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Home / India / Apex court to hear Sabarmati Ashram plea next week

Apex court to hear Sabarmati Ashram plea next week

The plan promises facilities like a cafeteria, parking lot, parks and the revival of the Chandrabhaga River stream, the appeal says
Mahatma Gandhi.
Mahatma Gandhi.
File photo

R. Balaji   |   New Delhi   |   Published 26.03.22, 03:32 AM

The Supreme Court will next week hear an appeal by Mahatma Gandhi’s great-grandson Tushar Gandhi against the Gujarat government’s plan to redevelop the Sabarmati Ashram into a “world-class museum” and “tourist destination”.

According to the petition, the proposed move will “commercialise” the ashram and “corrupt its pristine simplicity and frugality that embodies the ideology of Gandhiji and make it diametrically opposite to these important Gandhian principles that the ashram embodies today”.

Tushar has challenged Gujarat High Court’s dismissal of his petition against the 2019 state government order that spoke of redesigning and redeveloping the ashram.

According to the appeal before the bench of Chief Justice N.V. Ramana and Justices Krishna Murari and C.T. Ravi Kumar, the state government has identified over 40 “congruent” buildings that will be preserved while the remaining buildings, roughly 200, will be demolished.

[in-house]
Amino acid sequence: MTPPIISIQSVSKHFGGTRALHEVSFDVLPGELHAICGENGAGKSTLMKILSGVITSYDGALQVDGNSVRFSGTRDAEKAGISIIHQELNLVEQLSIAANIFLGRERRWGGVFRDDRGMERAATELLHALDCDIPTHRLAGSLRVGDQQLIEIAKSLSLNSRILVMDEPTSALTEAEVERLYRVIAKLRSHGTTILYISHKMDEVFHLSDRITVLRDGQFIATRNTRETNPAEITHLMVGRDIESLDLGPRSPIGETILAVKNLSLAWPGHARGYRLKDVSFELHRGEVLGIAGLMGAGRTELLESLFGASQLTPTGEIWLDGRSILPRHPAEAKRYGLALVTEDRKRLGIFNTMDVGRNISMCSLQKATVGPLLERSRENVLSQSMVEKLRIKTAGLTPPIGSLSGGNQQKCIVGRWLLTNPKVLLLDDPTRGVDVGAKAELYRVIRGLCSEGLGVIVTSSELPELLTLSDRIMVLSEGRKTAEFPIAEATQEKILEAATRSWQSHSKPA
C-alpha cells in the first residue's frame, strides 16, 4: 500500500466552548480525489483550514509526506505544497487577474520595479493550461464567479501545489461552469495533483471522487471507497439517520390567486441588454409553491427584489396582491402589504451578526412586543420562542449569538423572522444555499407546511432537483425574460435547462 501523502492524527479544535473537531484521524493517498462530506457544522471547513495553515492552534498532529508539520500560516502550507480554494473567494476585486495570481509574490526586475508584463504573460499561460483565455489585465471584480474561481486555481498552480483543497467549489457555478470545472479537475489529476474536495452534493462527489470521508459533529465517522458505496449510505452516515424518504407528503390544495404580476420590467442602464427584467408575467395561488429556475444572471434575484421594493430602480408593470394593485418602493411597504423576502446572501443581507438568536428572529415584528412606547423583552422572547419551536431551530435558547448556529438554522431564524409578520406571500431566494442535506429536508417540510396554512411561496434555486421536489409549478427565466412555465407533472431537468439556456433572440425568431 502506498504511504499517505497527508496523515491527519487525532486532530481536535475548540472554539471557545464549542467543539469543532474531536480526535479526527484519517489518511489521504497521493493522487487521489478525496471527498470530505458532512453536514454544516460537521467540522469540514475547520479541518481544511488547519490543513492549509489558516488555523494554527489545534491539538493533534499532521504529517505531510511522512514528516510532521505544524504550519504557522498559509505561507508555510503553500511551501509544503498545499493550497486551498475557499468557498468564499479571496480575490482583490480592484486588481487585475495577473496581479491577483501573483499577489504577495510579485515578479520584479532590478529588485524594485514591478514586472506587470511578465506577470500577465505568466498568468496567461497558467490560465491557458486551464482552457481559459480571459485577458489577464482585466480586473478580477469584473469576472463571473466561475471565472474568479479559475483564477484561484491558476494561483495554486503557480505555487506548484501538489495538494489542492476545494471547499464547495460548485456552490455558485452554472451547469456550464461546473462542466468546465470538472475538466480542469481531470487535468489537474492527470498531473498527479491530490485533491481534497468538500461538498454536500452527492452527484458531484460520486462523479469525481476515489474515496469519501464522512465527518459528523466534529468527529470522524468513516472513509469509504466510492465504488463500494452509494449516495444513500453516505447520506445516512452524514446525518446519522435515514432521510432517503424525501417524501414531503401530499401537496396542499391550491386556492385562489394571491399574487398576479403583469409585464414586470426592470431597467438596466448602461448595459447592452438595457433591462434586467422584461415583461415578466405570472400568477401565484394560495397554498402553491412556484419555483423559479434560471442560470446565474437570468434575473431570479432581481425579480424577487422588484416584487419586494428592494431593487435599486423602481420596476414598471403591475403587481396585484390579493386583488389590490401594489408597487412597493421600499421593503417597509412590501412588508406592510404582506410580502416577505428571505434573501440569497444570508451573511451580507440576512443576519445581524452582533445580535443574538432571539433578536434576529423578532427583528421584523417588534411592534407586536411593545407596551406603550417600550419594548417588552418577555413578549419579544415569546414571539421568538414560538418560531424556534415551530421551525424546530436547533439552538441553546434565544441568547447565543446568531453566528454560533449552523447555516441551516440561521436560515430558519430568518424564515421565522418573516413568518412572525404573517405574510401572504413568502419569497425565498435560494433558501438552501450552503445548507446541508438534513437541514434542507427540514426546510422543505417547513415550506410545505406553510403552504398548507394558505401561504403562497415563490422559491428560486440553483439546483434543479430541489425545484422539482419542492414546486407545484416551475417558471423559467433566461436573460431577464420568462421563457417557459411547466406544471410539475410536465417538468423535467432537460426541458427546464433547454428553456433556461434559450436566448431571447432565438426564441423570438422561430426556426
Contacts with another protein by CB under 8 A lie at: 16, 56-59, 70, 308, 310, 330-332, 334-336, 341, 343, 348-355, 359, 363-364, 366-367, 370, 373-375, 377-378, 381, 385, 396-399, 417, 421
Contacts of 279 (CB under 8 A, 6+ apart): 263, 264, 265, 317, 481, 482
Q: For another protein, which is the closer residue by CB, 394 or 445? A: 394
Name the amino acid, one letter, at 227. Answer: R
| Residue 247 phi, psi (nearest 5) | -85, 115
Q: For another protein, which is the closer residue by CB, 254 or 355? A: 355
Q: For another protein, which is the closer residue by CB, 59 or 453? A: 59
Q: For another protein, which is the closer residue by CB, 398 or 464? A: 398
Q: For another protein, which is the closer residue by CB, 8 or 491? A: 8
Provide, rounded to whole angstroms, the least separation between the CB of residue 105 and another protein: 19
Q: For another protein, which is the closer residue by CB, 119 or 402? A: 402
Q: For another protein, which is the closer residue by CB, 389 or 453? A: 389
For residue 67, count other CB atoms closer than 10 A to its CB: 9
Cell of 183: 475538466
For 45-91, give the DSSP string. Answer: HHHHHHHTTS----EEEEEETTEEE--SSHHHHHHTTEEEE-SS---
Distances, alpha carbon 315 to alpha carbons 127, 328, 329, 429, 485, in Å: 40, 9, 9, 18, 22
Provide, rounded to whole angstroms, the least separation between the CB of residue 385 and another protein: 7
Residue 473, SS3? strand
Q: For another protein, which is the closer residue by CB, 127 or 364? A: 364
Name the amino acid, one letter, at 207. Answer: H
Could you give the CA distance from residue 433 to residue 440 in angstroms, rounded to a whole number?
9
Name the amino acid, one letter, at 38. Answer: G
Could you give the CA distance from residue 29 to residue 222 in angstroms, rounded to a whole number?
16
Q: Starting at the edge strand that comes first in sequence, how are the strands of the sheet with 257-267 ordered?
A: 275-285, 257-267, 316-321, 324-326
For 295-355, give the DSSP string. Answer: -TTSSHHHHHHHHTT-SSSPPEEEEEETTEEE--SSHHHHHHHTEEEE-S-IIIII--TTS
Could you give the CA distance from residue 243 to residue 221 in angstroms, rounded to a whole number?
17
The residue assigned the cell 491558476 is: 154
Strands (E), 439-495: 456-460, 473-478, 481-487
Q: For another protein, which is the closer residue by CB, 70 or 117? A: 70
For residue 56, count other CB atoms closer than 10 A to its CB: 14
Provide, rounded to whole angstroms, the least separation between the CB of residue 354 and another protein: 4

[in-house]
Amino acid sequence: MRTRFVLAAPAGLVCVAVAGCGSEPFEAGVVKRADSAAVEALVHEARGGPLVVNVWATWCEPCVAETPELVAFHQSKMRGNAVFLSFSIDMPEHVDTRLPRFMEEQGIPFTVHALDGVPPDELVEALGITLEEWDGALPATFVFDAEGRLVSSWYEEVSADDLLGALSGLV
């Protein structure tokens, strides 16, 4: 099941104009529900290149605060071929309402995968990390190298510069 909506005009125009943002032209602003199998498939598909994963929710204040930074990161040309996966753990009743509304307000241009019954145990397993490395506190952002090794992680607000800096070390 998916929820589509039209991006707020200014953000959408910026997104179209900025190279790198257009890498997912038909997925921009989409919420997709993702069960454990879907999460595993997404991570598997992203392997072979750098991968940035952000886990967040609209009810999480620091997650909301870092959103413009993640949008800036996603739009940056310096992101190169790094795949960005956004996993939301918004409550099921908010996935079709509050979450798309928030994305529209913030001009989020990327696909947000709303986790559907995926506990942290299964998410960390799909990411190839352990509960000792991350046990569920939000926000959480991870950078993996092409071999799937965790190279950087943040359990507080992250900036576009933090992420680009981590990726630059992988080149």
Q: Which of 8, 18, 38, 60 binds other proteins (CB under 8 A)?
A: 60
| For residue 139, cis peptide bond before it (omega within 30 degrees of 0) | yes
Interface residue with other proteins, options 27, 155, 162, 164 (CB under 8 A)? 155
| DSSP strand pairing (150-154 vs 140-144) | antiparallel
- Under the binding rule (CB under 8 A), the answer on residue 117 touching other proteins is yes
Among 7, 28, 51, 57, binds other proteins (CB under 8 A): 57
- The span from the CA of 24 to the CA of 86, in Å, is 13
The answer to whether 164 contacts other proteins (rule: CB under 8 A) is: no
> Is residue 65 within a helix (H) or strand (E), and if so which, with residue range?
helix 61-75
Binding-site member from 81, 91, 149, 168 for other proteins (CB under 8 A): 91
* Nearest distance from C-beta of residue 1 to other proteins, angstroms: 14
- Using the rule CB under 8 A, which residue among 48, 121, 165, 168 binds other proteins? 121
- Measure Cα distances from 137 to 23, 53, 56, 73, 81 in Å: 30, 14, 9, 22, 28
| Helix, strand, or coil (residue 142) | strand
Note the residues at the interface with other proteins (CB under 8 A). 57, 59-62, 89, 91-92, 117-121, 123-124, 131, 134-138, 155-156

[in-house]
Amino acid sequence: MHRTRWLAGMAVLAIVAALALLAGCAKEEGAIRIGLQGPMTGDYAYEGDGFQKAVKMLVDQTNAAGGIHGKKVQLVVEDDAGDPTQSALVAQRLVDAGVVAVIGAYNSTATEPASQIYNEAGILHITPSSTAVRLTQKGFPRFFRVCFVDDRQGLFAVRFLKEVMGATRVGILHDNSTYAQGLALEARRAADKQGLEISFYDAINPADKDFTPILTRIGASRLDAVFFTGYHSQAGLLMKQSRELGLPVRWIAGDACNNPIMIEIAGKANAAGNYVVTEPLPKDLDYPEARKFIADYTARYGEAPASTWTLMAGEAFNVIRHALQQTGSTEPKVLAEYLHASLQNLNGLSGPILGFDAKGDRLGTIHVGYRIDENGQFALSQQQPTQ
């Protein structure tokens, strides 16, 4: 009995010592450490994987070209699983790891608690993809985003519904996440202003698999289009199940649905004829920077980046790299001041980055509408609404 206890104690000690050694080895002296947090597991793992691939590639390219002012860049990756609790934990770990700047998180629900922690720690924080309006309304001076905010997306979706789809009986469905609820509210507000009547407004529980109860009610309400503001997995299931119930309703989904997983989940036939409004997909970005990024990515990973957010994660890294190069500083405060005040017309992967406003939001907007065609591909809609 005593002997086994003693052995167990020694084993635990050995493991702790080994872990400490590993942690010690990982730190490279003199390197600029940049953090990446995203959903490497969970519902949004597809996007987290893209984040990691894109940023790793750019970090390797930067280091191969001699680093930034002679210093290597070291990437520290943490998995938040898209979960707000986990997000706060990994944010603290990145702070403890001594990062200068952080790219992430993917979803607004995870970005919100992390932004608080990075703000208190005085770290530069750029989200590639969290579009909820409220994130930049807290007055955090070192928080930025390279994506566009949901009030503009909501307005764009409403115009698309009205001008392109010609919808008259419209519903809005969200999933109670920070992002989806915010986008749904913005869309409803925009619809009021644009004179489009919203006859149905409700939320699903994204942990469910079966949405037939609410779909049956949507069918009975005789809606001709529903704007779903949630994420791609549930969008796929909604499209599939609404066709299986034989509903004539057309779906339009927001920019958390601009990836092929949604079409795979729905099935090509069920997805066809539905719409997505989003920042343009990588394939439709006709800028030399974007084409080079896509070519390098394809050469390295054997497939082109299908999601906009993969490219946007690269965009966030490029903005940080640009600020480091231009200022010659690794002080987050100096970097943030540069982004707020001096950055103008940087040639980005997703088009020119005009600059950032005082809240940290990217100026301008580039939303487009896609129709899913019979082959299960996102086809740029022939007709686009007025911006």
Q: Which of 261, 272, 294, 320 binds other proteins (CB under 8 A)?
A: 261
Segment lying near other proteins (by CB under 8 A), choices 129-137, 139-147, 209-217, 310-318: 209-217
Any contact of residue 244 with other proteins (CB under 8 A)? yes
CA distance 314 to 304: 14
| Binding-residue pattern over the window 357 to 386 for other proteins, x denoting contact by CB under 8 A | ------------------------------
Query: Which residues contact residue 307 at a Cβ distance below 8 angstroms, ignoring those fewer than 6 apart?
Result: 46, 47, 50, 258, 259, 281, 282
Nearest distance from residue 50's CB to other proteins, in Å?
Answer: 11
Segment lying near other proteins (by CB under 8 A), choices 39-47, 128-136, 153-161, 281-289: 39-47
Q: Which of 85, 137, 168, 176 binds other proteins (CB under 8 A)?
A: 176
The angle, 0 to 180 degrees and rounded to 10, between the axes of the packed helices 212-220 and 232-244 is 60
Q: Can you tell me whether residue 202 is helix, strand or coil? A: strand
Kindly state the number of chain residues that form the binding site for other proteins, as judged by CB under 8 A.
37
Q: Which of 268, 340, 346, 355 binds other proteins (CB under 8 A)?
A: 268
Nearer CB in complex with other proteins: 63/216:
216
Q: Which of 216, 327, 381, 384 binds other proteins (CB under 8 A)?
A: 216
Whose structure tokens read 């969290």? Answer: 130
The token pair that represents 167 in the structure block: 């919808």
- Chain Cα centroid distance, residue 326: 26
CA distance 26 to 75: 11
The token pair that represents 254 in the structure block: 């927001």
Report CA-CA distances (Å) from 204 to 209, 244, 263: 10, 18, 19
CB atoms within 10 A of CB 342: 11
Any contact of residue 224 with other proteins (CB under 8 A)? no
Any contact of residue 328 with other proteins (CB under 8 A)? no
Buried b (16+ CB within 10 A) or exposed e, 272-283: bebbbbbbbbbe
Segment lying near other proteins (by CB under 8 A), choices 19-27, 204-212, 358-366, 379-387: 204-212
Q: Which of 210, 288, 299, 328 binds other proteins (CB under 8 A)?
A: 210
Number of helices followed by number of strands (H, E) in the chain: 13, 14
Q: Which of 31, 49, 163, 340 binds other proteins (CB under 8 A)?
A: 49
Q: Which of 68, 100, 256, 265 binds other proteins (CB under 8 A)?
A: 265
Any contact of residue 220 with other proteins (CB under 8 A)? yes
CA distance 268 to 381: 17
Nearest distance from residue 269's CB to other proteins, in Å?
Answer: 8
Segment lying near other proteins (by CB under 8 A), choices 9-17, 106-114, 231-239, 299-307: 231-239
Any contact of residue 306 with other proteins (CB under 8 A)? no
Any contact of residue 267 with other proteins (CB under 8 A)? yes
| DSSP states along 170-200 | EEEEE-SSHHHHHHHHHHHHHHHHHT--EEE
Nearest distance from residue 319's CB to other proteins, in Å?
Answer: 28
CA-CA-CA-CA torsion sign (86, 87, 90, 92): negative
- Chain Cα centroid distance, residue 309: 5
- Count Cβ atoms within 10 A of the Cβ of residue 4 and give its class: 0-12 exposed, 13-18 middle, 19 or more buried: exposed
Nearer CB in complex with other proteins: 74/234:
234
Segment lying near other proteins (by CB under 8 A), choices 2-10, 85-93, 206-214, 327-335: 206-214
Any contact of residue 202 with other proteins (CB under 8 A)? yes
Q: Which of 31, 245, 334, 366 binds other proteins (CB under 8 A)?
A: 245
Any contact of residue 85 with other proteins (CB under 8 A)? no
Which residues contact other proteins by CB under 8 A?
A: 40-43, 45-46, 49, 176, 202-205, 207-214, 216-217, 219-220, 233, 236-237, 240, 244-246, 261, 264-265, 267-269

The plan promises facilities like a cafeteria, parking lot, parks and the revival of the Chandrabhaga River stream, the appeal says.

It argues that the trust managing the ashram should have sole authority to decide on its development, and there should be no government intervention.

“…It is for the first time that any redevelopment qua a Gandhi monument is sought to be undertaken by the government, either state or Union government… (which) is contrary to the conscious decision taken by the erstwhile Gandhi Smarak Nidhi,” the petition says.

It asserts that the Gujarat government had on March 5 last year resolved to form a governing council and executive council for the redevelopment project. It says the governing council is chaired by the chief minister and that nine of its 14 members are government functionaries.

“…The said project would reduce the shrine and memorial of our freedom movement which attracts and inspires national and international visitors and will turn it into a commercial tourist attraction that will subsequently be pawned off to a private contractor to run merely for profit,” the petition says.

“The project itself seeks to, in a manner, commercialise the said ashram and thus corrupt its soul.”

The Mahatma lived in the ashram from 1917 to 1930, launching several of his Satyagraha movements from there.



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